PEARL HARBOR, –
Two documents shed new light on the aggregation of melon-headed whales that occurred on July 3, 2004, in Hanalei Bay on the north shore of Kauai.
An investigation of the event was conducted by the National Oceanic and Atmospheric Administration's National Marine Fisheries Service, which issued its finding in an April 2006 technical memorandum. (http://www.nmfs.noaa.gov/pr/pdfs/health/stranding_melonheadedwhales_final_report.pdf)
One of the additional documents is a 2006 report on the appearance of 500 to 700 melon-headed whales and some rough-toothed dolphins at Rota in the Northern Mariana Islands at the same time (July 4, 2004 in Rota).
The Rota incident was reported in a scientific paper (http://swfsc.noaa.gov/uploadedFiles/Divisions/PRD/Publications/Jeffersonetal.06a(93)(1).pdf) whose principal author was Thomas A. Jefferson, a marine mammal researcher with NOAA's Southwest Fisheries Science Center. Three other authors are listed.
The second additional document is a sworn declaration dated June 30, 2006, by Brandon Southall, director of NOAA's Ocean Acoustics Program and the principal author of the National Marine Fisheries Service report on the Hanalei incident (http://www.cpf.navy.mil/news_images/0708/Southall%20Dec.pdf). Southall's declaration, which was made under oath, is part of the record in a lawsuit by the Natural Resources Defense Council against the Navy.
Southall states (with his emphasis included): "To be clear, and contrary to certain media and other characterizations, the carefully-worded and qualified Hanalei report event did not conclude that active military sonar caused this event. We do not know what caused it.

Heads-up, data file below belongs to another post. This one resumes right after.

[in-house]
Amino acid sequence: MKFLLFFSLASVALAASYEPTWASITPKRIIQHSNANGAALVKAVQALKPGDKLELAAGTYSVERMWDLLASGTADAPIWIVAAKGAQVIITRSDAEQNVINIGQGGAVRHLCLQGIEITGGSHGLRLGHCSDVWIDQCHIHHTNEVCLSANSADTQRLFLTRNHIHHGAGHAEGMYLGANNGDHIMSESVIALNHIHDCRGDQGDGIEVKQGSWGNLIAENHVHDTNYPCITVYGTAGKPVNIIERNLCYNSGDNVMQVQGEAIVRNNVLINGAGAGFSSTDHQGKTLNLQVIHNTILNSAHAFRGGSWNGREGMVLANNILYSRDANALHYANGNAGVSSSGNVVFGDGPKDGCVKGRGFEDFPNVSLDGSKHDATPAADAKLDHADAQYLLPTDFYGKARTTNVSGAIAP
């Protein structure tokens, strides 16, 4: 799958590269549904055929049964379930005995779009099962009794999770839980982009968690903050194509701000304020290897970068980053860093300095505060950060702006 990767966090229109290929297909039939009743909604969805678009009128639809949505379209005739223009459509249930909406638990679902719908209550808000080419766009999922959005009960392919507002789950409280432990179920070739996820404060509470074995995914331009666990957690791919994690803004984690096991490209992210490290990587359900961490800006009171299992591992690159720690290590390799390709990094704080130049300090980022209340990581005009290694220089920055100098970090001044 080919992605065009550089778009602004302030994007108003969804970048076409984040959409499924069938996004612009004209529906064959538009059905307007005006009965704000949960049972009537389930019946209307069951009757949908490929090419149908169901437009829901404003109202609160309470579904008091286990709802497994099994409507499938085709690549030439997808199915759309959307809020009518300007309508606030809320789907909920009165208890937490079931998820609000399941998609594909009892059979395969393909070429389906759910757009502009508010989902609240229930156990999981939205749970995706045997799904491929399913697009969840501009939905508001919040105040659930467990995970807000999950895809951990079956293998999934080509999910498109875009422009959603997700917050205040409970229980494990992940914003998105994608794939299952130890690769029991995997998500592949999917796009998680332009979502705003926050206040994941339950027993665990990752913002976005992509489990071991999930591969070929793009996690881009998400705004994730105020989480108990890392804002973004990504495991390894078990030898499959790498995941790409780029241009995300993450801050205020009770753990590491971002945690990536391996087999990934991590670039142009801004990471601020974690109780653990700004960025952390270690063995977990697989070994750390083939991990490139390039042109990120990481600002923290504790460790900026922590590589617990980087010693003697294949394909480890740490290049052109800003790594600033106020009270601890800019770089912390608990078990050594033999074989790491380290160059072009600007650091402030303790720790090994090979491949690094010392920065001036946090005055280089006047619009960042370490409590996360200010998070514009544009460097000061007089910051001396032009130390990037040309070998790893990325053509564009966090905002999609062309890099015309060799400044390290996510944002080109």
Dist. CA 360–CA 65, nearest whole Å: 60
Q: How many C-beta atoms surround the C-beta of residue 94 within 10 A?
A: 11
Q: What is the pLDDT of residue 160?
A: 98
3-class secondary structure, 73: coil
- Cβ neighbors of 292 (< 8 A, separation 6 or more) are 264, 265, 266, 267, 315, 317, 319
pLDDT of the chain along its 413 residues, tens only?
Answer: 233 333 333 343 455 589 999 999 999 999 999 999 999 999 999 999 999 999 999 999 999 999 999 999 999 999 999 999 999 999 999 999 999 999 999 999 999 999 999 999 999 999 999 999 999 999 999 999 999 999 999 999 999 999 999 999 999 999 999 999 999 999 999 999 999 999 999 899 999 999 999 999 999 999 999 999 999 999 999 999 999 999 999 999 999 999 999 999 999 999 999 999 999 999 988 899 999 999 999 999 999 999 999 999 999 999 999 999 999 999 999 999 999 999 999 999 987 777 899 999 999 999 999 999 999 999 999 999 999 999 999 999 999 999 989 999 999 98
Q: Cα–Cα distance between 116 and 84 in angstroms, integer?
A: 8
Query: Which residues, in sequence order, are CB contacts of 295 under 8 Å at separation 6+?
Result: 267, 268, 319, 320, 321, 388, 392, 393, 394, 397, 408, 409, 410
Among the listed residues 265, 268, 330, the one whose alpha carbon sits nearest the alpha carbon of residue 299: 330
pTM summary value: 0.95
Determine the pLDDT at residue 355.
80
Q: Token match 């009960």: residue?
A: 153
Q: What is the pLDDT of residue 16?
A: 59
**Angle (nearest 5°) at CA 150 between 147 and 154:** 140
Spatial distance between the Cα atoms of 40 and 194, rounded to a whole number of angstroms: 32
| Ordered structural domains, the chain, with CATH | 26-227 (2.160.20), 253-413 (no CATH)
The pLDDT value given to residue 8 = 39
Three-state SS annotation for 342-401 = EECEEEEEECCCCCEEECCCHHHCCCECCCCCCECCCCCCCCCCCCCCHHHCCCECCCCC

"The report stated that based on information available, sonar may have contributed to a 'confluence of events,' including human presence (notably the uncontrolled and random human interactions fragmenting the pod of whales on 3 July) and/or other unknown biological or physical factors," Southall stated in his declaration, which was submitted two months after NOAA's Hanalei report was completed.
Southall also mentions he had only recently learned of the Rota incident, where "Some 500-700 melon-headed whales came into Sasanhaya Bay on 4 July 2004 ... and then left of their own accord after 5.5 hours; no known active sonar transmissions occurred in the vicinity of that event.
"What, if any relationship this event has to the simultaneous events in Hawaii and whether they might be related to some common factor (e.g., there was a full moon on 2 July 2004) is and will likely remain unknown. However, these two synchronous, nearshore events involving a rarely-sighted species are curious and may point to the range of potential contributing factors for which we lacked detailed understanding and which the authors acknowledge might be have played some role in the 'confluence of events' in Hanalei Bay."
Southall also stated, "It seems highly unlikely that operation of military sonar in Hawaii or elsewhere would always or even commonly result in strong reactions (e.g. movement en masse to shore) or stranding of marine mammals. Rather, the combined evidence suggests that such events may occur only in rare instances where there are (generally poorly understood) combinations of interacting physical and biological factors."